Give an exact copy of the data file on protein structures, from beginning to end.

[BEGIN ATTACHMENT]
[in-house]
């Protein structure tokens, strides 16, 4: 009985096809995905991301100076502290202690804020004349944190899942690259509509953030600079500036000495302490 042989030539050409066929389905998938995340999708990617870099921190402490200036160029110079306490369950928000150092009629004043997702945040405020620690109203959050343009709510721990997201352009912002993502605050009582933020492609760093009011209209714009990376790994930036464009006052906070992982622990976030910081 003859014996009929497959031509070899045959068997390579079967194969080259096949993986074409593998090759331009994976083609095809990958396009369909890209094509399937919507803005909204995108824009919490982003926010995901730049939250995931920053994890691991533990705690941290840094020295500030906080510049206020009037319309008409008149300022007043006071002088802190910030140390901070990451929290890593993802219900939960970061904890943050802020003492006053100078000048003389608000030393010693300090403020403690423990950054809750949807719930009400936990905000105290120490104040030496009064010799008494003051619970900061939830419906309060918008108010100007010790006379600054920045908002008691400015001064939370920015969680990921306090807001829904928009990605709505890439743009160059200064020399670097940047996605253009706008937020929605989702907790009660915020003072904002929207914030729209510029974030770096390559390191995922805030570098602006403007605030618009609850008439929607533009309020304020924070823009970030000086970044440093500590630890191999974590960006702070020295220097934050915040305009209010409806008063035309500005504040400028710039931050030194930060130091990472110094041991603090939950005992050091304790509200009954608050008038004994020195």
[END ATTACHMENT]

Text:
[in-house]
């Protein structure tokens, strides 16, 4: 009985096809995905991301100076502290202690804020004349944190899942690259509509953030600079500036000495302490 042989030539050409066929389905998938995340999708990617870099921190402490200036160029110079306490369950928000150092009629004043997702945040405020620690109203959050343009709510721990997201352009912002993502605050009582933020492609760093009011209209714009990376790994930036464009006052906070992982622990976030910081 003859014996009929497959031509070899045959068997390579079967194969080259096949993986074409593998090759331009994976083609095809990958396009369909890209094509399937919507803005909204995108824009919490982003926010995901730049939250995931920053994890691991533990705690941290840094020295500030906080510049206020009037319309008409008149300022007043006071002088802190910030140390901070990451929290890593993802219900939960970061904890943050802020003492006053100078000048003389608000030393010693300090403020403690423990950054809750949807719930009400936990905000105290120490104040030496009064010799008494003051619970900061939830419906309060918008108010100007010790006379600054920045908002008691400015001064939370920015969680990921306090807001829904928009990605709505890439743009160059200064020399670097940047996605253009706008937020929605989702907790009660915020003072904002929207914030729209510029974030770096390559390191995922805030570098602006403007605030618009609850008439929607533009309020304020924070823009970030000086970044440093500590630890191999974590960006702070020295220097934050915040305009209010409806008063035309500005504040400028710039931050030194930060130091990472110094041991603090939950005992050091304790509200009954608050008038004994020195």